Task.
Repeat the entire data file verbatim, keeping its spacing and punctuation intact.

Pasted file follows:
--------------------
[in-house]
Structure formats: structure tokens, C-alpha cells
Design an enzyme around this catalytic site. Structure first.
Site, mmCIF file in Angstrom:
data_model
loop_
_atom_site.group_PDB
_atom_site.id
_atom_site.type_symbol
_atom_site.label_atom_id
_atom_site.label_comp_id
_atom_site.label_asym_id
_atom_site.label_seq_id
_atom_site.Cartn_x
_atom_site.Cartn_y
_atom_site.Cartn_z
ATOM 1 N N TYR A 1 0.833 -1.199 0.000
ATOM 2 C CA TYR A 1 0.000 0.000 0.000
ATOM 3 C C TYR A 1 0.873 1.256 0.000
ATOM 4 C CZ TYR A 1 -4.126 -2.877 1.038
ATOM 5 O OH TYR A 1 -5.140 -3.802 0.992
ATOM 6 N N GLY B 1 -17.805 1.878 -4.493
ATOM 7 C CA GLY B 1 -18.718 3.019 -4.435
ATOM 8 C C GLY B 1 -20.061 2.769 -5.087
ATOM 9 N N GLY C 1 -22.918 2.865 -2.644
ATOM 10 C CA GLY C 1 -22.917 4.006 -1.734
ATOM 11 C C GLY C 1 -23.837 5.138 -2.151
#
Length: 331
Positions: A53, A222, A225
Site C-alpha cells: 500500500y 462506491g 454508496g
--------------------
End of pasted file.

[in-house]
Structure formats: structure tokens, C-alpha cells
Design an enzyme around this catalytic site. Structure first.
Site, mmCIF file in Angstrom:
data_model
loop_
_atom_site.group_PDB
_atom_site.id
_atom_site.type_symbol
_atom_site.label_atom_id
_atom_site.label_comp_id
_atom_site.label_asym_id
_atom_site.label_seq_id
_atom_site.Cartn_x
_atom_site.Cartn_y
_atom_site.Cartn_z
ATOM 1 N N TYR A 1 0.833 -1.199 0.000
ATOM 2 C CA TYR A 1 0.000 0.000 0.000
ATOM 3 C C TYR A 1 0.873 1.256 0.000
ATOM 4 C CZ TYR A 1 -4.126 -2.877 1.038
ATOM 5 O OH TYR A 1 -5.140 -3.802 0.992
ATOM 6 N N GLY B 1 -17.805 1.878 -4.493
ATOM 7 C CA GLY B 1 -18.718 3.019 -4.435
ATOM 8 C C GLY B 1 -20.061 2.769 -5.087
ATOM 9 N N GLY C 1 -22.918 2.865 -2.644
ATOM 10 C CA GLY C 1 -22.917 4.006 -1.734
ATOM 11 C C GLY C 1 -23.837 5.138 -2.151
#
Length: 331
Positions: A53, A222, A225
Site C-alpha cells: 500500500y 462506491g 454508496g